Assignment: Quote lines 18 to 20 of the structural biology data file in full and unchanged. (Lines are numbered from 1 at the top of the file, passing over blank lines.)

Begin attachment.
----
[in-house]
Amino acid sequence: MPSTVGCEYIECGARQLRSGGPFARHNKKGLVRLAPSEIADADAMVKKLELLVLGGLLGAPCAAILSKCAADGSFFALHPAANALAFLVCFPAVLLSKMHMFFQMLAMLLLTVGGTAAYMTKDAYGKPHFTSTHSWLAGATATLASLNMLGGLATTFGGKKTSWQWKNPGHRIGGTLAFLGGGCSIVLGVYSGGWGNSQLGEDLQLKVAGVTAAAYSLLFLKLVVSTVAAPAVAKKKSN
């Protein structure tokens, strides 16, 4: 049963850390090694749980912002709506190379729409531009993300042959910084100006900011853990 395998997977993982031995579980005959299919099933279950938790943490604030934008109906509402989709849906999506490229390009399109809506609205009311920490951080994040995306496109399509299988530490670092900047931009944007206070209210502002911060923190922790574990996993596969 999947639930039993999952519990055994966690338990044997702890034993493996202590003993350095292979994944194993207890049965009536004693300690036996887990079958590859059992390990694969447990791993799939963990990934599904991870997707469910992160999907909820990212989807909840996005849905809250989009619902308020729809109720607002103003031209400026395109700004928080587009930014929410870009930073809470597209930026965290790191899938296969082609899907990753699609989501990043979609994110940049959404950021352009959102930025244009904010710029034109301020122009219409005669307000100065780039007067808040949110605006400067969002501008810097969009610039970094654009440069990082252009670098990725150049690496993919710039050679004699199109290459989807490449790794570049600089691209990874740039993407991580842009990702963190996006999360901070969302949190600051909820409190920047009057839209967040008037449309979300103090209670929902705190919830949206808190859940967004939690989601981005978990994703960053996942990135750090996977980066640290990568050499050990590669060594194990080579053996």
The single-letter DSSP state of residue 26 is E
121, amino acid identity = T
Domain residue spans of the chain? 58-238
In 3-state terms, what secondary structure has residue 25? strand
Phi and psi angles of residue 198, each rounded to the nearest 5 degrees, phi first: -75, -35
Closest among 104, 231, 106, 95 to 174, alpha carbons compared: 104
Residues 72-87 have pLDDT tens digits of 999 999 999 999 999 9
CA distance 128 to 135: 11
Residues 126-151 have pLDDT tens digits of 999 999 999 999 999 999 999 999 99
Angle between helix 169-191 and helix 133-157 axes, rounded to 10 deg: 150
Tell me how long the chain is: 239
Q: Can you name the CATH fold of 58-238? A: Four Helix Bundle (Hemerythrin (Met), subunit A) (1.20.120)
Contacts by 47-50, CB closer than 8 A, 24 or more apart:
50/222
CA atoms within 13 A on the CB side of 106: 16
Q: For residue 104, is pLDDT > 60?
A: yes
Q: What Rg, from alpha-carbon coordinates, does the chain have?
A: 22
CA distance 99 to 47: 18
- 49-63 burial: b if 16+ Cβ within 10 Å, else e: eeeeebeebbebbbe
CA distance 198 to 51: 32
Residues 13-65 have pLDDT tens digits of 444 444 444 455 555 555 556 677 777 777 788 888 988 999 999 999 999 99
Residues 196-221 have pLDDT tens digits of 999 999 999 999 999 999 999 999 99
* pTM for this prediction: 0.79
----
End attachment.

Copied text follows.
CA atoms within 13 A on the CB side of 106: 16
Q: For residue 104, is pLDDT > 60?
A: yes